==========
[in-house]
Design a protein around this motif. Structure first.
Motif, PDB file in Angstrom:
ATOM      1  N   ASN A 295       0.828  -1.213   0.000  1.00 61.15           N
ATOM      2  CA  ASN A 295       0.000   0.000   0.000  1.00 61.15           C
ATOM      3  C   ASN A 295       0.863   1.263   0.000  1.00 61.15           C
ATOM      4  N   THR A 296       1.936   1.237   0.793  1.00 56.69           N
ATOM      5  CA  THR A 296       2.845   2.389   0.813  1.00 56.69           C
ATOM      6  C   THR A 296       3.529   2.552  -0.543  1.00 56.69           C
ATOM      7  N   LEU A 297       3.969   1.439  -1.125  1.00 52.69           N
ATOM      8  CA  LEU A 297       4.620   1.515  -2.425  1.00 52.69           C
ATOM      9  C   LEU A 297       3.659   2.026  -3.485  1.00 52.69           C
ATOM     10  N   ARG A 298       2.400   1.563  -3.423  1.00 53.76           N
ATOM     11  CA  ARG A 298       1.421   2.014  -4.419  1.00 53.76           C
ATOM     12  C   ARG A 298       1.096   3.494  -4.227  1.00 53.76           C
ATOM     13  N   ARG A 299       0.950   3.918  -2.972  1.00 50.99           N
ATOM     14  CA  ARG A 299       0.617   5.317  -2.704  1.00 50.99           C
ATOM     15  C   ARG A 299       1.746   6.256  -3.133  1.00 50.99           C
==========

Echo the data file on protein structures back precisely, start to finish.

[in-house]
Design a protein around this motif. Structure first.
Motif, PDB file in Angstrom:
ATOM      1  N   ASN A 295       0.828  -1.213   0.000  1.00 61.15           N
ATOM      2  CA  ASN A 295       0.000   0.000   0.000  1.00 61.15           C
ATOM      3  C   ASN A 295       0.863   1.263   0.000  1.00 61.15           C
ATOM      4  N   THR A 296       1.936   1.237   0.793  1.00 56.69           N
ATOM      5  CA  THR A 296       2.845   2.389   0.813  1.00 56.69           C
ATOM      6  C   THR A 296       3.529   2.552  -0.543  1.00 56.69           C
ATOM      7  N   LEU A 297       3.969   1.439  -1.125  1.00 52.69           N
ATOM      8  CA  LEU A 297       4.620   1.515  -2.425  1.00 52.69           C
ATOM      9  C   LEU A 297       3.659   2.026  -3.485  1.00 52.69           C
ATOM     10  N   ARG A 298       2.400   1.563  -3.423  1.00 53.76           N
ATOM     11  CA  ARG A 298       1.421   2.014  -4.419  1.00 53.76           C
ATOM     12  C   ARG A 298       1.096   3.494  -4.227  1.00 53.76           C
ATOM     13  N   ARG A 299       0.950   3.918  -2.972  1.00 50.99           N
ATOM     14  CA  ARG A 299       0.617   5.317  -2.704  1.00 50.99           C
ATOM     15  C   ARG A 299       1.746   6.256  -3.133  1.00 50.99           C